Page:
Your Guide to Real Estate Tax Planning

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A model house is placed on wood word TAX representing real estate tax planning
26 Jun

Your Guide to Real Estate Tax Planning

Master the complexities of real estate taxation with this essential guide to navigating property taxes.

Every property owner or investor has to navigate property taxes in real estate, which is a demanding task. From taxes that fund local services to capital gains taxes on property sales, these obligations can significantly affect financial outcomes.

This guide examines the different kinds of real estate taxes and walks through how tax deductions and credits work, showing the necessity of professional tax planning so you can properly structure your investments.

Understanding real estate taxes

Real estate taxes come in several forms, each impacting property owners in different ways:

Property tax: This local tax is computed based on the value of land and structures. This tax finances facilities such as public schools and emergency services. Property owners pay this tax once every year, with rates and valuation varying depending on the area.

Capital gains tax: If you sell a house for more than it costs, the profit made is subject to the capital gains tax. The rate depends on the terms and conditions, such as qualifying for the high rate when you’ve owned the property for less than a year, and qualifying for the low rate when more than a year.

Income tax on rental earnings: Income on rental properties is taxed. Property owners can lower the tax payable by deducting out-of-pocket expenses like repairs, upgrades, and mortgage interest from their rental income.

The importance of keeping up with tax laws

Real estate tax laws are always changing. Awareness can help you choose, invest in, or run your property wisely. For instance, new tax laws could bring better exemptions for property improvements or even affect the tax burden on investment gains. 

Regularly checking in with tax professionals and following real estate tax news will help you stay informed and use tax advantages to improve investment returns.

Key tax deductions for real estate investors

Learning about tax deductions is vital for saving money with real estate. Here are some essential deductions every investor should consider:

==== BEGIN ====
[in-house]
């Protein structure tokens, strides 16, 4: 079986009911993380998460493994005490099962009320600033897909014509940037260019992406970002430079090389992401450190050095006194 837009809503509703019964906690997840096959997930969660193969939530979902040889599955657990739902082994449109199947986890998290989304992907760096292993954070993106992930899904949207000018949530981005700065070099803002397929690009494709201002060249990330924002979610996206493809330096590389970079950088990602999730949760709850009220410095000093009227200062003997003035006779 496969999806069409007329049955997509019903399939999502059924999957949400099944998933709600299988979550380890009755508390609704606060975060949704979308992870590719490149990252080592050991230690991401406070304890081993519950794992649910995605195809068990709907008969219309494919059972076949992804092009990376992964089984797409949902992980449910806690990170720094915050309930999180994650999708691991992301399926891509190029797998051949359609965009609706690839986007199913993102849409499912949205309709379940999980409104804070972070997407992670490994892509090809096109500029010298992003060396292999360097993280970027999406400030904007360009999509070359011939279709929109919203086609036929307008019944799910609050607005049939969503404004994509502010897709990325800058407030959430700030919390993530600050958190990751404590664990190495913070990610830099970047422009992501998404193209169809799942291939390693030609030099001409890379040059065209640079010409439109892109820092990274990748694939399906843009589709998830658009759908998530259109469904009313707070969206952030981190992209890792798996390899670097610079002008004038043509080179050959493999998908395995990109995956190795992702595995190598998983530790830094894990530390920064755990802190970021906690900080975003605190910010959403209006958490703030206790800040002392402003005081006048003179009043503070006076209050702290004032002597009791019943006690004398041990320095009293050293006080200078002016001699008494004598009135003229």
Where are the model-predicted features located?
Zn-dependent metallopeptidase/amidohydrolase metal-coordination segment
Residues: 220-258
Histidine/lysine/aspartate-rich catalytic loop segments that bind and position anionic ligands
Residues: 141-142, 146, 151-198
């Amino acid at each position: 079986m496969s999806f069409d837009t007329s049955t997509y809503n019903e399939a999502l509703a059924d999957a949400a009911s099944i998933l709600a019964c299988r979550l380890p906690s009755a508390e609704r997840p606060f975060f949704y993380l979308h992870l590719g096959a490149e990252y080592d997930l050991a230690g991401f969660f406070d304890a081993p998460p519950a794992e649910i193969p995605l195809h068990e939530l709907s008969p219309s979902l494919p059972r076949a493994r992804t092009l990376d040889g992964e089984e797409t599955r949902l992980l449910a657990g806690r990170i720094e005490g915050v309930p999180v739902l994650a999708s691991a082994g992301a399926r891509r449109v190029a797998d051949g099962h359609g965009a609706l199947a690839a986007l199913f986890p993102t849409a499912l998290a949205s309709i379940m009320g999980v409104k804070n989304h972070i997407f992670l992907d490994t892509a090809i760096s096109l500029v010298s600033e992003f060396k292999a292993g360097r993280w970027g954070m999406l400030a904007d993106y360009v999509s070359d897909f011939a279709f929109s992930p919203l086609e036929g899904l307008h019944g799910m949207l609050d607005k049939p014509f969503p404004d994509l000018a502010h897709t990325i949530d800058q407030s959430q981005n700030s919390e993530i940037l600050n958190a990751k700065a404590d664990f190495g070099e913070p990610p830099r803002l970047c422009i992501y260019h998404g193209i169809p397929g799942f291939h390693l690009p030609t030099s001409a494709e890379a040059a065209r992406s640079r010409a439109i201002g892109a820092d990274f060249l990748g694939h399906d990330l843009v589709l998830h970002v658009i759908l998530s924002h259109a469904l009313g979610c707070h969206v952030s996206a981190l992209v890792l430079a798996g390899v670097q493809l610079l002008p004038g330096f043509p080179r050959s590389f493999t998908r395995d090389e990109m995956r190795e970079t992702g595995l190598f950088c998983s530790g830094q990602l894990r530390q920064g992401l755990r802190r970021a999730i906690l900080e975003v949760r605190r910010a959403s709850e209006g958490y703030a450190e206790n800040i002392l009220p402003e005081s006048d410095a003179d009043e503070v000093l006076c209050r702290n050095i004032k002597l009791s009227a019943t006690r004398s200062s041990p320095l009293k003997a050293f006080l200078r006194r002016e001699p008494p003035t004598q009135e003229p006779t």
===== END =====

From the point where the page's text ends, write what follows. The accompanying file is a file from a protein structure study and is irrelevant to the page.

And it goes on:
• Mortgage interest: You can deduct the interest payable on a mortgage loan used to buy, construct, or improve rental property, reducing your taxable income.
  • Property depreciation: The wear and tear of real estate assets lower their value, and the IRS amortizes this perceived depreciation. Individually, residential buildings are depreciated within 27.5 years, and commercial properties over 39 years. This offsets the total taxable amount, allowing for additional income generation.
  • Maintenance expenses: Expenses related to restoring or fixing a property can also be claimed as a deduction. This may include painting, plumbing, and roof repair. To qualify as deductible, these expenses must be necessary and directly related to rental activities.

Exploring real estate tax credits

Tax credits also help real estate investors lower their tax burden. Here are some common tax credits:

  • Renewable energy credits: Investors who deploy renewable energy tools, such as solar panels and wind turbines, can benefit from the renewable energy tax credit. Credits for as much as 25% of the cost of solar installation can counterbalance the tax burden.
  • Historic preservation credits: Owners of historical structures who carry out restoration and preservation projects may qualify for tax credits on those projects. These credits are a driving force for maintaining historical features and usually cover most remodeling expenditures.

Deductions and credits help investors lower their tax burden and boost their income. Talk to a tax professional when you’re unsure which tax breaks you qualify for.

Types of ownership structures for real estate investments

Ownership structure helps real estate investors navigate tax planning and liability protection. Here are the types of structures to know along with their tax implications:

  • Individual ownership: In this setup, an individual has absolute power. Income and expenses related to the property are itemized on your personal tax return, and income is subject to your individual tax rate.
  • Partnership: This type of structure is when two people or associated corporations have equal rights to the property. Unlike corporations, partnerships don’t come with a big tax burden, but partners may pay income taxes on their portion of the partnership via the pass-through income structure. Liabilities are shared among the parties.